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Difference Maker

One-time skinhead Arno Michaels helps youths respond with compassion

His Kindness Not Weakness outreach program challenges diverse audiences to show the kind of 'warrior' strength needed to practice nonviolence.

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Michaels and a friend, often drunk and decked out in swastikas, studied ideology and paramilitary skills with a hate group in North Carolina. They decided they needed to prepare for an imminent war between races.

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Michaels's change began with the birth of his daughter in 1992, which brought with it the hope of a different life for her. "My world had been narrowed. The only people I could interact with were other racist white people," he recalls. "Exhaustion was becoming a factor [too]. It was getting more and more difficult to deny the humanity of the people I was supposed to hate."

By the mid-1990s, he had dropped out of the skinhead scene. He began building his career in information technology. By 2009 he was sober. To deal with his past, he used meditation and began writing his book. "I do have times where I think about the people I hurt," Michaels concedes. "I have kind of a waking nightmare."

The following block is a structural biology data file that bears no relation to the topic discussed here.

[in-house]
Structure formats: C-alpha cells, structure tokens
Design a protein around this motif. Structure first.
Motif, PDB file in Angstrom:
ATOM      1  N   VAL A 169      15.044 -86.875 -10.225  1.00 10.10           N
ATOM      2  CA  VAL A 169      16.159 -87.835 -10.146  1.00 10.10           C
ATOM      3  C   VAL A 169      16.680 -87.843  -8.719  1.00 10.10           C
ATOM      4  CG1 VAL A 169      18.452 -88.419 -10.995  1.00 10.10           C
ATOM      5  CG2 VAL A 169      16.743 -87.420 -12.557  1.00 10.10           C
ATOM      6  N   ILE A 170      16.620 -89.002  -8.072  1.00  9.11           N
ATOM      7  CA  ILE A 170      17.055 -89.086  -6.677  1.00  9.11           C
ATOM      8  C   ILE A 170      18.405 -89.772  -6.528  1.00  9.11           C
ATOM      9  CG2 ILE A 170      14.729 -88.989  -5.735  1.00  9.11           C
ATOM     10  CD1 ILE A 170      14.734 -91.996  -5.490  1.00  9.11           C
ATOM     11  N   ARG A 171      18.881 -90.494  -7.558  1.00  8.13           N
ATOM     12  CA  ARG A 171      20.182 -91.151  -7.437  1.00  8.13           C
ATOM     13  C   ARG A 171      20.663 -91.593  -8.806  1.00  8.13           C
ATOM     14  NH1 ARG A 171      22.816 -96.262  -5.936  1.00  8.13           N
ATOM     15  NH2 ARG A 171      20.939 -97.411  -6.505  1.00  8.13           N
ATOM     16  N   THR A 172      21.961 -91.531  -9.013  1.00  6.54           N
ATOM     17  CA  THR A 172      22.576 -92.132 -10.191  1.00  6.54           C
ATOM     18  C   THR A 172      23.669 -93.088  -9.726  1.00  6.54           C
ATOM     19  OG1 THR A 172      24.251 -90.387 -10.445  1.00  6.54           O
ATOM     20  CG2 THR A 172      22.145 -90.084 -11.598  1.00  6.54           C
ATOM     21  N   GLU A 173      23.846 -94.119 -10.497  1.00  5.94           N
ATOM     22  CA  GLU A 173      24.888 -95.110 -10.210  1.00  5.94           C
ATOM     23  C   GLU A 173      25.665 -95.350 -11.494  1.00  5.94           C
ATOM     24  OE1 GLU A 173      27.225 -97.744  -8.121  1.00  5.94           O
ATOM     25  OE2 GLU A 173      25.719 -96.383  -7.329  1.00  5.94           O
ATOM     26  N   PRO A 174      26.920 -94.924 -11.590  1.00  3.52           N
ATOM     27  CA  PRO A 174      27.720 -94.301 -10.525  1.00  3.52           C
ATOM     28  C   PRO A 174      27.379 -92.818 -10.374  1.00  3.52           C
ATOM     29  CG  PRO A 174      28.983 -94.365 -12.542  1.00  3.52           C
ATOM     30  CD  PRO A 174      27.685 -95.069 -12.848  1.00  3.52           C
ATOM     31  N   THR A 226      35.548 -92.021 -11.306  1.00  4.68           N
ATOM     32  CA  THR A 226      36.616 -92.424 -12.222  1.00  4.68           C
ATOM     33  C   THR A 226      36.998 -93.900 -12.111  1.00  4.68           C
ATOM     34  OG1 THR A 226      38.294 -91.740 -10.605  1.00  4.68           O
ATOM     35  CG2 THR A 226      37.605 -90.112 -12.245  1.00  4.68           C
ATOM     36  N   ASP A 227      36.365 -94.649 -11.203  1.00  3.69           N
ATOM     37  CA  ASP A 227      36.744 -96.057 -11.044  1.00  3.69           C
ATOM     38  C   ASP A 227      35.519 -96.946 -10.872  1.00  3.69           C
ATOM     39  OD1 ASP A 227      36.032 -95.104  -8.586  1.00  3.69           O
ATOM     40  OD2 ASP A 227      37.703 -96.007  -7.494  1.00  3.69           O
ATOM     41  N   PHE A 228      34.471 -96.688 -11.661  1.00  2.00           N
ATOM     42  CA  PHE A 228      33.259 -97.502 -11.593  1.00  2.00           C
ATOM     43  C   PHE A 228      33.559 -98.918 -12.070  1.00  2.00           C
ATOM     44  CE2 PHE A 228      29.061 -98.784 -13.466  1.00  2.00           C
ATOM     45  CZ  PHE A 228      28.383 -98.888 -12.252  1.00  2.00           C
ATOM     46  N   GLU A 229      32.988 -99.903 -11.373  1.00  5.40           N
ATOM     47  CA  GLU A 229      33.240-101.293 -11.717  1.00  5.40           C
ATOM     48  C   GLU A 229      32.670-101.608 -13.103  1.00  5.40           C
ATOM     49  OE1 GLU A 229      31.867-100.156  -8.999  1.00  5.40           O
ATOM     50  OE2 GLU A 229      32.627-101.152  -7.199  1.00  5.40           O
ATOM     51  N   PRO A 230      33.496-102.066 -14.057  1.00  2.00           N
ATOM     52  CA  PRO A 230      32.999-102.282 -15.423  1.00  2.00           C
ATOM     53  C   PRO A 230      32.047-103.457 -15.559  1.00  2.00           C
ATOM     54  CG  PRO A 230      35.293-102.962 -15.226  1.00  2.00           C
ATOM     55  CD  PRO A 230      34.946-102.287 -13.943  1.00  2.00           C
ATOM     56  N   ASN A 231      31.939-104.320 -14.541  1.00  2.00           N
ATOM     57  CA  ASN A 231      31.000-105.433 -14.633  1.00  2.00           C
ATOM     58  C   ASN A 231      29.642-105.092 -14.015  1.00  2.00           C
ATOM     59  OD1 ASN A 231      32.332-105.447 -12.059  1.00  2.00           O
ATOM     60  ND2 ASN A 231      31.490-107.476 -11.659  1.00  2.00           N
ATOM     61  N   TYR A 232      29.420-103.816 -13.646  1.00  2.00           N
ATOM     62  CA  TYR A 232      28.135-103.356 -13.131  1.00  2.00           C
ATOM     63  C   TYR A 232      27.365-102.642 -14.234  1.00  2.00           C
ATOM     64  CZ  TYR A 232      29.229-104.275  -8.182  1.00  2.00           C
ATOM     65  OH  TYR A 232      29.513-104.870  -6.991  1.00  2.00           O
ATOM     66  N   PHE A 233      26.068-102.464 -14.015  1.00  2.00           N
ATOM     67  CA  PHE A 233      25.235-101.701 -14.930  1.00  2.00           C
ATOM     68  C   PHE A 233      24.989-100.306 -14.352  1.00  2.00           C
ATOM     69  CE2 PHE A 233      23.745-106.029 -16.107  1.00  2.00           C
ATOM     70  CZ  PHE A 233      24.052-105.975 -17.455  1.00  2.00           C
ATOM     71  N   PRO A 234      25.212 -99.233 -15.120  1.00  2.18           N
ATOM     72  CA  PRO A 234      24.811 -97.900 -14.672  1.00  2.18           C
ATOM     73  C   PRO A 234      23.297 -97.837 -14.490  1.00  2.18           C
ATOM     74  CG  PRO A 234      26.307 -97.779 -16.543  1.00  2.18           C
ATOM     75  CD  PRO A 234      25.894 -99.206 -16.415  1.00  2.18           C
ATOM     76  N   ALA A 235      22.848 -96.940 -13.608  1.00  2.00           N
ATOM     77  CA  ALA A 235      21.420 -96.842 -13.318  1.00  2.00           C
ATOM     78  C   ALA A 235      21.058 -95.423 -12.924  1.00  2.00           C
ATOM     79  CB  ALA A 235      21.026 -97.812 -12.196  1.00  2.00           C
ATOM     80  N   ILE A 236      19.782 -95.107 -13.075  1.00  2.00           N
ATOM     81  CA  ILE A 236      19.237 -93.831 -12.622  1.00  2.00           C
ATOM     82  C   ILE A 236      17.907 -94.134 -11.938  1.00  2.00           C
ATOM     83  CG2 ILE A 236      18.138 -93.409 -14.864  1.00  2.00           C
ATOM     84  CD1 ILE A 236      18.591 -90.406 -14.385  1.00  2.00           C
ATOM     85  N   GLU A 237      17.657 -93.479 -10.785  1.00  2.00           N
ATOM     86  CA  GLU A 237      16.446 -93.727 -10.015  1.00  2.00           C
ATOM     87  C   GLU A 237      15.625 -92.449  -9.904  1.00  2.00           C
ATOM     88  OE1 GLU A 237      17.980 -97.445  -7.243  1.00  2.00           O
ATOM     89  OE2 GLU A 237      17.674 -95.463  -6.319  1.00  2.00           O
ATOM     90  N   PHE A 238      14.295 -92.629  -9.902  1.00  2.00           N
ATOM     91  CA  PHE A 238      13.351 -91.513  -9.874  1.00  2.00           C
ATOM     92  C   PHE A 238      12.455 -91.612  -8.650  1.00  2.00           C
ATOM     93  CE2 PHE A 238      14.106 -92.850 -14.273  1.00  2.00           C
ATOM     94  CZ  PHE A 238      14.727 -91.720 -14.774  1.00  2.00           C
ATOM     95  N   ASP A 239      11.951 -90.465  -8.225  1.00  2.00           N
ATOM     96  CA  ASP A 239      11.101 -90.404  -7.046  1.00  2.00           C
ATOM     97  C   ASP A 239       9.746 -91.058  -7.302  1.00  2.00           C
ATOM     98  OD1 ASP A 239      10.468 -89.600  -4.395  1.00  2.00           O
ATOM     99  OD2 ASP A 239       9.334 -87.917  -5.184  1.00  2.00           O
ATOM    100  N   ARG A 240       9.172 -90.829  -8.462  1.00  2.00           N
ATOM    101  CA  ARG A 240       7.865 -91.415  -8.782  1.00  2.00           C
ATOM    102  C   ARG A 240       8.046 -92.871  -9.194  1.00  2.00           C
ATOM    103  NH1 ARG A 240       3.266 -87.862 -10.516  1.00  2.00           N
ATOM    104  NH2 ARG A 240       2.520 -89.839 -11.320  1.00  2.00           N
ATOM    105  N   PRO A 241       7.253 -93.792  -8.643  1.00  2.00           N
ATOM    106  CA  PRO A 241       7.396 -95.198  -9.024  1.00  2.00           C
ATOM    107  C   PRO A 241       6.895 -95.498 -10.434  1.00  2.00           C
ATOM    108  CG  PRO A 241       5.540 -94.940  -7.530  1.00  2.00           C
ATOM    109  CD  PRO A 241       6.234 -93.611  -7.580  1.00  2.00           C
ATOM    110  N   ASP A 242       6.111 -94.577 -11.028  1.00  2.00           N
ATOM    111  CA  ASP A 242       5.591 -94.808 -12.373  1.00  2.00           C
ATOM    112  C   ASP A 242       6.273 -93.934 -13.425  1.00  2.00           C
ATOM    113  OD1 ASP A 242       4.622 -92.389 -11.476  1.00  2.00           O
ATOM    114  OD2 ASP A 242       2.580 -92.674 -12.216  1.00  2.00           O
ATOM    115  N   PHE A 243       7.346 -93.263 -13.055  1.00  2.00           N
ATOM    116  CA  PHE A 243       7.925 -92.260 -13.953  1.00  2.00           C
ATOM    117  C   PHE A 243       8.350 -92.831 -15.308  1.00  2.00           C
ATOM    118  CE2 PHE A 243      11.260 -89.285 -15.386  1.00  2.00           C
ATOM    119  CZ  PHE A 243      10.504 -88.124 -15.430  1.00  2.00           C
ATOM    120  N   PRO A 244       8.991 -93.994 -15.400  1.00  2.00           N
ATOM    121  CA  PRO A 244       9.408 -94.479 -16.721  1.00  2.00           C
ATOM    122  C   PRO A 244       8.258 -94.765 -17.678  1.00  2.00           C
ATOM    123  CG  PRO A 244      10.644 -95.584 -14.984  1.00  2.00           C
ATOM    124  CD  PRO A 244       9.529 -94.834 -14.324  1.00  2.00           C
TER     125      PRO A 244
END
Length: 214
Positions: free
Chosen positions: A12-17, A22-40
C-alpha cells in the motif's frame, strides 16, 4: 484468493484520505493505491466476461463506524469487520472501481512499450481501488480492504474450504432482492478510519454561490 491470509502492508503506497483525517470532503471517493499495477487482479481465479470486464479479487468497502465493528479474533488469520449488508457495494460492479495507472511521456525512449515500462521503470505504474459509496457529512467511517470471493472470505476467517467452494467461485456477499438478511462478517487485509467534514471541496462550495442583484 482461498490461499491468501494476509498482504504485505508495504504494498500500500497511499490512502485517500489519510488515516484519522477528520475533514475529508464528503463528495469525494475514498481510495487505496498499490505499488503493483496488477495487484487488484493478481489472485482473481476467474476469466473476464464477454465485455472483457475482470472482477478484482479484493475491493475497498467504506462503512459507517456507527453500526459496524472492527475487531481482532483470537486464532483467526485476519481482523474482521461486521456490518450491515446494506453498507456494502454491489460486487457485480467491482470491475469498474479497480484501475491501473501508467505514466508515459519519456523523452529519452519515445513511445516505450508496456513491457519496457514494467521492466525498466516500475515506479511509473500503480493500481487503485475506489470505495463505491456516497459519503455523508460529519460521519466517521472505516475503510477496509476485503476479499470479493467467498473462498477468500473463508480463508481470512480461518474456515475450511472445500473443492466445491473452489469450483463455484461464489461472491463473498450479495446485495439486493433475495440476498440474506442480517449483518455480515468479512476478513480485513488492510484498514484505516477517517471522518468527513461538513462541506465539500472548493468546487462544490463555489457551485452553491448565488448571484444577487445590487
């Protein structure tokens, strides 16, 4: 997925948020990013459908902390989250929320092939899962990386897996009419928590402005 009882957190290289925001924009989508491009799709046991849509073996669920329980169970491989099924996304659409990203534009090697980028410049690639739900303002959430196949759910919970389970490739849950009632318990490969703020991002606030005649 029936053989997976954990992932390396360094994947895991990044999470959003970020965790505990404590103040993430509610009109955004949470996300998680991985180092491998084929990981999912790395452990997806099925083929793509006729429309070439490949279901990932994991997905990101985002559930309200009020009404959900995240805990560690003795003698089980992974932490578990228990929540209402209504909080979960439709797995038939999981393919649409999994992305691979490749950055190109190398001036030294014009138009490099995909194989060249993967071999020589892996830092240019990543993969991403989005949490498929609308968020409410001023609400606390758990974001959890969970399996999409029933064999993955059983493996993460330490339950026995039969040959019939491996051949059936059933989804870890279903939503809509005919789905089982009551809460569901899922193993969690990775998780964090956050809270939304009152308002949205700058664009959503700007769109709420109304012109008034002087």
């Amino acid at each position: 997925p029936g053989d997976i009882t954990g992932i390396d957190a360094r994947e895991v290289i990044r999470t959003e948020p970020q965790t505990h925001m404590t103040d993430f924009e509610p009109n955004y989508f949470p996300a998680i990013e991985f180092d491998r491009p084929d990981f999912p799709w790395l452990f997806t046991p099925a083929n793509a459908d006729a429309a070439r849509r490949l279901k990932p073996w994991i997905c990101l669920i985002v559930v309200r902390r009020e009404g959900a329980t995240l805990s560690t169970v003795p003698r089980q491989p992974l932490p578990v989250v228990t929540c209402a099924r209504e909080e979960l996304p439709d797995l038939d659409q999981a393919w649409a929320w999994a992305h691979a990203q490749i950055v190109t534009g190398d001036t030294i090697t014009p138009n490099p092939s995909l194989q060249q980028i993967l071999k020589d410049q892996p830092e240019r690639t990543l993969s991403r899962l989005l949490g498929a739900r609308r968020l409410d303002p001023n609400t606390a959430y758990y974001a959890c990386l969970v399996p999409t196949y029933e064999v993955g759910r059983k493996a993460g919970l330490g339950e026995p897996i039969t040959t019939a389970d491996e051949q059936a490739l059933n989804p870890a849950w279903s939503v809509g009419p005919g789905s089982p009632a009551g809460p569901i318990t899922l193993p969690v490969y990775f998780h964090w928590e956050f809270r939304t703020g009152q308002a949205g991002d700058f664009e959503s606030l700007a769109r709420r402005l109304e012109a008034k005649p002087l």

Not everyone is a fan of Michaels's efforts toward reform. Skeptics in Milwaukee still have doubts about his transformation. And hate groups enraged by his new message might seek revenge on him, he says.

"I told [Michaels] it's almost necessary to forgive yourself in order to be as effective as you can be," ex-Latino gang member Mr. Rangel says. "Even if you feel you're undeserving. Children are very concrete in their perception of people. If you don't practice what you preach, they'll sense it."

Later this summer Michaels will speak to a violence-prevention group, which is expected to draw a crowd of about a thousand people, many of them kids from Milwaukee's inner city. "I just want to be an asset to the world around me," he says, "and to get others to do the same."

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